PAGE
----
In response to our recent Tweet we were delighted to receive the text of a letter sent by one Constitution Street resident as part of the council’s online consultation on the Leith Improvement programme. I’ve posted it below because I think you’ll agree it gets to the heart of what needs to be done by the Council in order to both ensure that the planned improvements really do impact positively on the the street and also that the concerns of residents are acted upon. (The final paragraph is crucially important.)As far as we’re aware, the Council have not as yet responded to the questions raised, perhaps they will when given this second opportunity?As a home-owning resident of Constitution Street, near the junction of Queen Charlotte St, on the eastern side of the street, opposite the St Mary’s Star of the Sea church, my primary concern is for a satisfactory reinstatement of the road surface and the pavements alongside it.Since being dug up, filled in, dug up and filled in again repeatedly (for utilities work) during the period when the council still intended to run the tram down here, the street’s surface has been a widely acknowledged disgrace. Also, at times during this period, increased use of the street by HGVs and buses (when neighbouring streets used by certain buses were closed and the buses were rerouted down Constitution Street) the impact on residential properties along the street was frankly hellish. There were times when our house rumbled and shook more or less constantly day and night.Matters have improved since a big yellow sign was put up on Bernard Street stating that Constitution St was “unsuitable for HGVs”, and since further signs were put up restricting speed to 20mph – and I would sincerely urge the powers that be to retain the 20mph restriction once the reinstatement works are completed. If possible, making the speed restriction signage clearer and then enforcing it would be a big help locally as it is frequently ignored, particularly by the HGVs that still use the street and by buses. Incidentally, the speed-sensor unit fixed to a lamp-post directly opposite the Port of Leith Housing Association building has ceased to work.I’d be very happy for a council official to visit our property and witness for themselves the physical disruption and noise nuisance in a building abutting this narrow section of Constitution Street. We have been here for nearly six years, we now have two small children aged 5 and 3, and there are many other families with young children in and around this area for whom the neglect and mismanagement of Constitution Street has been and remains a more or less constant thorn in our side.Finally, re the reinstatement works, I would urge the council to insist that the contractors look below the surface of the street, carrying out a proper structural survey and addressing any problems that may lie beneath the surface. I say this because on more than one occasion, in the aftermath of the successive waves of utility work carried out some three to four years ago, workmen had to return to fix holes that opened up in the street, discovering that the previous workmen had failed to properly fill in the holes they’d dug – and there were found to be “voids” left beneath the surface of the street, which exacerbated the percussive effects of traffic on the road. It would be a serious oversight – with likely unnecessary future cost implications – if the contractors (McNicholas Construction?) failed to deal properly with the underpinning of the street and simply addressed the cosmetic aspect of the street’s surface.Andy Mackenzie, Constitution Street resident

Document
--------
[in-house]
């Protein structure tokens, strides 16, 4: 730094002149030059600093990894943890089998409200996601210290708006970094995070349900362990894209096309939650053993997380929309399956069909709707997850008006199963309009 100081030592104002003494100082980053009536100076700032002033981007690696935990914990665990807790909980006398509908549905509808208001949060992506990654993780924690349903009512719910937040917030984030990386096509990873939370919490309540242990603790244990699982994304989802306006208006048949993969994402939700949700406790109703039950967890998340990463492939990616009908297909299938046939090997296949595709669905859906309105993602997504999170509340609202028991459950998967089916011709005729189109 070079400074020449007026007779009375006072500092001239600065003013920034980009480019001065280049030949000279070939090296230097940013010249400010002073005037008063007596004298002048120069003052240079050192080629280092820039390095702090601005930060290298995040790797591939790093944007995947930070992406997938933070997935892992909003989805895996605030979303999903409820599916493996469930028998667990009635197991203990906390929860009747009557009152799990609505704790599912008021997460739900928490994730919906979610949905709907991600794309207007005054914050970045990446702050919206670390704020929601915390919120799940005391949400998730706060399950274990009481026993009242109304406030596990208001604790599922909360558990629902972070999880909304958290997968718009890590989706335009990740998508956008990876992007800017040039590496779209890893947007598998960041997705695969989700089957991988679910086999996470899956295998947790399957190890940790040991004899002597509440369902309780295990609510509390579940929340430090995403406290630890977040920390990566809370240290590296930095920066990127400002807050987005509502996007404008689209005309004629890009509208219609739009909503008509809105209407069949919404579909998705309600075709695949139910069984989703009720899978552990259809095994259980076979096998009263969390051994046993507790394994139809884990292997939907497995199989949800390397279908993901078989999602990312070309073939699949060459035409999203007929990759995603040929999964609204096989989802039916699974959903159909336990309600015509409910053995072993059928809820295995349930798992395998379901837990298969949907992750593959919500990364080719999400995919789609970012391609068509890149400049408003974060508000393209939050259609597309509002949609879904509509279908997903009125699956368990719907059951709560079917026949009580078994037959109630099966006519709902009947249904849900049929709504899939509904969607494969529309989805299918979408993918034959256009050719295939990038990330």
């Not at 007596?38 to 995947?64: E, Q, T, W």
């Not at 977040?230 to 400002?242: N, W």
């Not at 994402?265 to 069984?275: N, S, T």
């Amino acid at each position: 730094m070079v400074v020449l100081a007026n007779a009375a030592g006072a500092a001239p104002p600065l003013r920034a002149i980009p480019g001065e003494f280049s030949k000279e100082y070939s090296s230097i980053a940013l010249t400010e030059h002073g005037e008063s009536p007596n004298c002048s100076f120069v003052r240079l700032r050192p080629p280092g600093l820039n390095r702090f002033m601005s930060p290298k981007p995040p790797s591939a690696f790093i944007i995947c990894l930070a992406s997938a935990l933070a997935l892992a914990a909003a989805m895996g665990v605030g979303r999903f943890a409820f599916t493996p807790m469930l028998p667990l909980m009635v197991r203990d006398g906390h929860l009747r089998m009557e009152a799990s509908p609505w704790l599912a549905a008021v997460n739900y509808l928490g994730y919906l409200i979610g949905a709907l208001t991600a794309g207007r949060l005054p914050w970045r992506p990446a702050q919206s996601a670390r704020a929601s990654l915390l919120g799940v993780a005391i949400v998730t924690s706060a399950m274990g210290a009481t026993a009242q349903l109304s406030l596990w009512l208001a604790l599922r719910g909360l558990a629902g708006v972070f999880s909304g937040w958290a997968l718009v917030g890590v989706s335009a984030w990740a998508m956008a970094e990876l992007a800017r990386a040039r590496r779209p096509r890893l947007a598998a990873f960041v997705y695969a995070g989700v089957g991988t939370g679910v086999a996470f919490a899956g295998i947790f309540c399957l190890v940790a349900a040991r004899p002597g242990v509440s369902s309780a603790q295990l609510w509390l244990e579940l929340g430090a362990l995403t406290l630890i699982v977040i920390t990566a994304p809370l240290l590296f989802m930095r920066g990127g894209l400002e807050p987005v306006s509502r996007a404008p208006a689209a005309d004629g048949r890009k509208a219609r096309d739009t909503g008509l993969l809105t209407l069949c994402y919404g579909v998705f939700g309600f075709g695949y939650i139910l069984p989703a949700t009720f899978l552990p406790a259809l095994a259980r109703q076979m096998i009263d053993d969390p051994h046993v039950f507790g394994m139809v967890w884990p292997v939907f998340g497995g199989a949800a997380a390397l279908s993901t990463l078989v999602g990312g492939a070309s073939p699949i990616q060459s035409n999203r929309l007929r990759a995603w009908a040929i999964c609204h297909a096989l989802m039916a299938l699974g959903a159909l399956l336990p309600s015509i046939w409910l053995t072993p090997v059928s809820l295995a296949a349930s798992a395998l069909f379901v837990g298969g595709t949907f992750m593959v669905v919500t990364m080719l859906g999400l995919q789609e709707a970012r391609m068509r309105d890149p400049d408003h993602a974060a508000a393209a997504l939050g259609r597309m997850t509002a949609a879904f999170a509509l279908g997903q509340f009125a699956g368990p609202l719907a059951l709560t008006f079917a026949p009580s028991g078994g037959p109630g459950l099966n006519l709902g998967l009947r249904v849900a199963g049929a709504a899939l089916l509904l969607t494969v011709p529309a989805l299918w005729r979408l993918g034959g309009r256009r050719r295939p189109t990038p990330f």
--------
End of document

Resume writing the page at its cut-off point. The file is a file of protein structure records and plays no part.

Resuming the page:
So, we’re all cock a hoop with the improvement plan, aren’t we? Yes, the pavement outside my flat has been left cracked and broken (as has a tile at the entrance to my stair) by the recent work but surely when the new pavements are laid and the road surface replaced we’re all going to see – and feel – a huge and long-overdue improvement in how things have been over recent years since… no, I’m not going into it again.
But here’s a thing – how do we KNOW that the new work is going to be an improvement? Who is going to monitor that the problems many of us have complained to the council about in recent months and years (the fact that our homes rumble and shake as heavy vehicles and buses pass) are addressed by the work that is done?
According to some, the work on Constitution Street will be done by the time the Fringe begins in the summer so really we need to get thinking about this now. I know I should probably just trust that the council will do right by us but let’s face it that’s not exactly what’s happened up until now. For most of us, our homes are our biggest assets, they’re what we spend most of our monthly income on, they’re where we most want to feel safe and secure – shouldn’t we do our best to make sure that the works the council undertakes really ARE improvements?
Despite the fact that every time I’m in a taxi the only topic of conversation is the tram debacle – often because we’re sitting in stationary traffic as a result of the state of the city’s roads due to the project – I sometimes forget just how badly this whole scheme has been run. I suppose it’s like really bad news that you just can’t quite keep facing so you allow yourself to forget. But reading Allan Alstead’s guest blog on the Guardian Scotland blog, I’ve been reminded in glorious technicolour just how shockingly bad it is. And it’s not even open yet.
If you want to read the worst of it, click here.
And do let us know if you agree with Allstead – have you lost faith in Edinburgh Council and its officials as a result of the trams?